Kempegowda International Airport gets police dog squad to sniff out contraband

A police dog squad member at work in the cargo section of the airport.

A police dog squad member at work in the cargo section of the airport.   | Photo Credit: Special Arrangement

It will carry out checks in cargo section regularly

In an effort to effectively contain the growing number of drug cases, the northeast division police have deployed a dog squad at the Kempegowda International Airport (KIA) to sniff out contraband at the airport, especially in the cargo section.

“During a coordination meeting with Customs and CISF (Central Industrial Security Force) officials, we found a gap in security as there was no dog squad either with the Customs or with the CISF who are in charge of the security. That is why we pitched in our dog squad to fill the gap,” Bhimashankar S. Guled, Deputy Commissioner of Police (northeast), said.

As per the plan, two canine squads with handlers will be deputed to carry out search and sanitisation at the airport. The squads will carry out checks in the cargo section regularly. They will also conduct checks targeting passengers of flights from West Asia, and African and South Asian countries, which are suspected to be the drug trade routes used by peddlers, Mr. Guled added.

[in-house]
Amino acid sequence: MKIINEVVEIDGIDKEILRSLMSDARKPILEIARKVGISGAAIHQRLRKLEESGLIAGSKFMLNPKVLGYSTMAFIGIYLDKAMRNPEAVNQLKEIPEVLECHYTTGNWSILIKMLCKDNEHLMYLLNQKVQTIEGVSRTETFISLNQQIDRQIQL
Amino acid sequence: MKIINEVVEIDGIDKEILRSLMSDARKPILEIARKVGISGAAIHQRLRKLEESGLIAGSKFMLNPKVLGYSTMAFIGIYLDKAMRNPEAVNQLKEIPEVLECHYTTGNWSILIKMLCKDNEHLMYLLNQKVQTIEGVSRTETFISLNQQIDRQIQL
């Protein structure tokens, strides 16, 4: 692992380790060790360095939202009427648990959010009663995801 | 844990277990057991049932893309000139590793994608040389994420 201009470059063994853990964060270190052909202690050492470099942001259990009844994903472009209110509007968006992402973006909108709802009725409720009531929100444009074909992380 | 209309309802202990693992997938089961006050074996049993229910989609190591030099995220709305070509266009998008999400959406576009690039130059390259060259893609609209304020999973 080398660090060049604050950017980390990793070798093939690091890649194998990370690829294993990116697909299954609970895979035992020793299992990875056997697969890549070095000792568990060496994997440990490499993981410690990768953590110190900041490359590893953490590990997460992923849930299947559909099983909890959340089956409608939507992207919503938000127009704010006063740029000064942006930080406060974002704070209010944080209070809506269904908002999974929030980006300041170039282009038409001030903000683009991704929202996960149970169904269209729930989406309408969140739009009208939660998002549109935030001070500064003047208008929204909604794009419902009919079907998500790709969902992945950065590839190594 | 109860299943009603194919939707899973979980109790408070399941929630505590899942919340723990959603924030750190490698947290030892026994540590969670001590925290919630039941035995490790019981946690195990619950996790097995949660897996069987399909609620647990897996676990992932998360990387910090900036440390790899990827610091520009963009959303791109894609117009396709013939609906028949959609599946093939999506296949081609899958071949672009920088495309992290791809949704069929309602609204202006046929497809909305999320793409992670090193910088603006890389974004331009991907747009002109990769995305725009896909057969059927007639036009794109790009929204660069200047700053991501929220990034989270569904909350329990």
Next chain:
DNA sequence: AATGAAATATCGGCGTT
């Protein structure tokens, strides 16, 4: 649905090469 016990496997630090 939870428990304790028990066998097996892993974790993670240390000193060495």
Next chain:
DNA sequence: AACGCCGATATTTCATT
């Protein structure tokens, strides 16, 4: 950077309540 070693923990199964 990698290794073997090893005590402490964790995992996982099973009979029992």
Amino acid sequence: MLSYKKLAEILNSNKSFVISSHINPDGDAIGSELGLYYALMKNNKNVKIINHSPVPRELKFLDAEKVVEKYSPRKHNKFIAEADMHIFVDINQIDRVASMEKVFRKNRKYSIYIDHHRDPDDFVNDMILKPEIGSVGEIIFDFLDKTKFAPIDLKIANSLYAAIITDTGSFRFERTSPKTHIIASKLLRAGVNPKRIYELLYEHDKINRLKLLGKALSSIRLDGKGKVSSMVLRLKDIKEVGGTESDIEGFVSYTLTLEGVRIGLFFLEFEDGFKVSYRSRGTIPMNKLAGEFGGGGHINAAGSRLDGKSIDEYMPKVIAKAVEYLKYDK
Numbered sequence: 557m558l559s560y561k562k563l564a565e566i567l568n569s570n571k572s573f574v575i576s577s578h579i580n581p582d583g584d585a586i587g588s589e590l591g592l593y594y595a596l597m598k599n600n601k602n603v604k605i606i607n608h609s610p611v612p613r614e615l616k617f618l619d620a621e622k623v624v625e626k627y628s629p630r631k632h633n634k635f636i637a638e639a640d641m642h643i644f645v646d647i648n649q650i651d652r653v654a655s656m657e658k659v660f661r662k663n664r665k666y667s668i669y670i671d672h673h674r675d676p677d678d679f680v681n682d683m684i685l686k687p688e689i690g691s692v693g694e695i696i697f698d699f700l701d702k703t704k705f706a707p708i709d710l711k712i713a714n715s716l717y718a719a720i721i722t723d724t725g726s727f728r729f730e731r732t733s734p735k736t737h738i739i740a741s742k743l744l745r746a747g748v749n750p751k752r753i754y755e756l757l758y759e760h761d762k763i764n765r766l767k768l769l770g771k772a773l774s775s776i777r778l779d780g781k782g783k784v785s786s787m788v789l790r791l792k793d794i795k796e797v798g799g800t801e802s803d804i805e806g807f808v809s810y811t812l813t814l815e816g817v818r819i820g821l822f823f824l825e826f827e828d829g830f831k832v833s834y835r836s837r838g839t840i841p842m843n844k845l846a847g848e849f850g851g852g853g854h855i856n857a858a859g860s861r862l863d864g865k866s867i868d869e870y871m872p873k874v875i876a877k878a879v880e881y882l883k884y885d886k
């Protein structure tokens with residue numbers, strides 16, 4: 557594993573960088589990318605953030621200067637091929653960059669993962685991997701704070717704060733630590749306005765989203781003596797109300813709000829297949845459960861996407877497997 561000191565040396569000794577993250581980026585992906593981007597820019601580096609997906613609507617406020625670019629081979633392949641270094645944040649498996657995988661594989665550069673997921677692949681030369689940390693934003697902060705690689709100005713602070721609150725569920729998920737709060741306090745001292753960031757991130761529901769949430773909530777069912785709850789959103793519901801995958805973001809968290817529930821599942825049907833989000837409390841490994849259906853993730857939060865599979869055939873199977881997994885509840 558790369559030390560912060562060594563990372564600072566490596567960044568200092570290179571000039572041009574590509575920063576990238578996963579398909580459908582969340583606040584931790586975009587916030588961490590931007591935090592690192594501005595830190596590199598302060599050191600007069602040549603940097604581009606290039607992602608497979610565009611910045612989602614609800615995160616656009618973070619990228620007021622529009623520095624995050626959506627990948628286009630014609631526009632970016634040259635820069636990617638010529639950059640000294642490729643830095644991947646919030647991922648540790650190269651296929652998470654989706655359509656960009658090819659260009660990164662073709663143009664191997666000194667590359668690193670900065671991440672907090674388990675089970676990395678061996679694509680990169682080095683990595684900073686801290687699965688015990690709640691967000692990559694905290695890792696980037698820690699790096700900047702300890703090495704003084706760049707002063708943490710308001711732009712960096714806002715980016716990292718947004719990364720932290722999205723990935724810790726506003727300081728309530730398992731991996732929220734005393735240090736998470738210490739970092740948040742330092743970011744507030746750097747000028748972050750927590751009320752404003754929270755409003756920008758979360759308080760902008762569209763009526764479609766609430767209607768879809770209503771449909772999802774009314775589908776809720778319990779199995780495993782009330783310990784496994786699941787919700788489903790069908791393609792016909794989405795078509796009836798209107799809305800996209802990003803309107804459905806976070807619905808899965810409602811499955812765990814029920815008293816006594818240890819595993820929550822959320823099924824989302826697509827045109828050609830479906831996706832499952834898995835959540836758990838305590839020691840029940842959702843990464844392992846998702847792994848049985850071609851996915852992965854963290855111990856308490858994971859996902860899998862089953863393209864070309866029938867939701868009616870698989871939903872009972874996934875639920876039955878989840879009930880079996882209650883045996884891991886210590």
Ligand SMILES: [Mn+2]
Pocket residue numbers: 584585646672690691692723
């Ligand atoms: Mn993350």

In 2017, the city police had adopted around 10 pups as part of the first canine squad to train them in detecting narcotics. The trained sniffer dogs have been deployed for security duty at the airport on rotation.

Bengaluru’s Canine Training Centre at the City Armed Reserve ground in Adugodi has around 60 dogs. They are deputed on various duties, including crime detection, VIP security, airport security, and bomb detection.

Due to non-availability of dog squads and other checking mechanisms, international drug smuggling has gone unnoticed in the recent past, a senior police officer part of the Narcotics Wing said. This effort of deploying canine squads at the airport would add to the police efforts on containing drug menace in the city, the officer said.

Police Commissioner Bhaskar Rao told The Hindu that the move would have a “salutary effect” to contain the drug menace as the KIA is an international airport and the CISF was lacking this facility. “At present, we have 52 canines overall and more will be deployed for training. The squads deployed in the airport will be focussing on the arrival section,” he said.

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Printable version | Apr 1, 2020 8:31:48 AM |

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